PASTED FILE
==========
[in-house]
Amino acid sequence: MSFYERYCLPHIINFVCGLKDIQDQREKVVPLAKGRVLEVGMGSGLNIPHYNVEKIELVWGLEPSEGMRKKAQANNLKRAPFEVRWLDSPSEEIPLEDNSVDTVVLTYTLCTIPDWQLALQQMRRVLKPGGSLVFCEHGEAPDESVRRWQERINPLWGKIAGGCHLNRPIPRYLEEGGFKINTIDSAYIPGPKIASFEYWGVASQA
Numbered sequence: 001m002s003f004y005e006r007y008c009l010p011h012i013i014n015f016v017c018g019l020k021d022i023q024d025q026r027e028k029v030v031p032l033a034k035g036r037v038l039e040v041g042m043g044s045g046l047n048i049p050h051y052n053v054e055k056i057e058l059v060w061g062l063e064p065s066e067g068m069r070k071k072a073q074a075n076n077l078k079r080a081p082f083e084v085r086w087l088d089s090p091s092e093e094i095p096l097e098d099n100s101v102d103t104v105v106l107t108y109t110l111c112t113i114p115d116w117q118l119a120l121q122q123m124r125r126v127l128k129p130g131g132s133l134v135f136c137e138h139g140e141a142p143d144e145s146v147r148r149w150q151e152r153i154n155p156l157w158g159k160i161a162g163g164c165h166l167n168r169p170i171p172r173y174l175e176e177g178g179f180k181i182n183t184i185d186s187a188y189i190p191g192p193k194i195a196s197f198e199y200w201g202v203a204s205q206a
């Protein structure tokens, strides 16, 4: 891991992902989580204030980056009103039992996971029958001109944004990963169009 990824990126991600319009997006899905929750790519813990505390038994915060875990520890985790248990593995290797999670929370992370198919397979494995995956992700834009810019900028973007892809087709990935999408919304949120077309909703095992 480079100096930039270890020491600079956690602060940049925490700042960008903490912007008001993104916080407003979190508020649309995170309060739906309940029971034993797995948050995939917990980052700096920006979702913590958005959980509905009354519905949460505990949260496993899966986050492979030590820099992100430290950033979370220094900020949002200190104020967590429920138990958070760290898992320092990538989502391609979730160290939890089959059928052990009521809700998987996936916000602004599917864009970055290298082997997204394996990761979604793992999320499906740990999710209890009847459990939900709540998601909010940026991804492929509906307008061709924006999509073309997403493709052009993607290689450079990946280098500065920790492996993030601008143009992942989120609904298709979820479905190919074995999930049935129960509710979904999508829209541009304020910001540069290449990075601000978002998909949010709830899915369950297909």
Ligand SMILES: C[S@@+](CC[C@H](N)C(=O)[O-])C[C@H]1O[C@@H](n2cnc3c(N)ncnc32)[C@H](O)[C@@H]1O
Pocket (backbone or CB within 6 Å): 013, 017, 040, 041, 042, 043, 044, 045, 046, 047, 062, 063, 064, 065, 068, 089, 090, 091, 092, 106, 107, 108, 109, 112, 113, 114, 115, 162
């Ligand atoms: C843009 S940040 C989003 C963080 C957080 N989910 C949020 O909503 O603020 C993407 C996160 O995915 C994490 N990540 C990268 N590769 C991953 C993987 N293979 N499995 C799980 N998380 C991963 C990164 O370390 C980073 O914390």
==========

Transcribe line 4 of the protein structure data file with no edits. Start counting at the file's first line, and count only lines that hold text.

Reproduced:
């Protein structure tokens, strides 16, 4: 891991992902989580204030980056009103039992996971029958001109944004990963169009 990824990126991600319009997006899905929750790519813990505390038994915060875990520890985790248990593995290797999670929370992370198919397979494995995956992700834009810019900028973007892809087709990935999408919304949120077309909703095992 480079100096930039270890020491600079956690602060940049925490700042960008903490912007008001993104916080407003979190508020649309995170309060739906309940029971034993797995948050995939917990980052700096920006979702913590958005959980509905009354519905949460505990949260496993899966986050492979030590820099992100430290950033979370220094900020949002200190104020967590429920138990958070760290898992320092990538989502391609979730160290939890089959059928052990009521809700998987996936916000602004599917864009970055290298082997997204394996990761979604793992999320499906740990999710209890009847459990939900709540998601909010940026991804492929509906307008061709924006999509073309997403493709052009993607290689450079990946280098500065920790492996993030601008143009992942989120609904298709979820479905190919074995999930049935129960509710979904999508829209541009304020910001540069290449990075601000978002998909949010709830899915369950297909």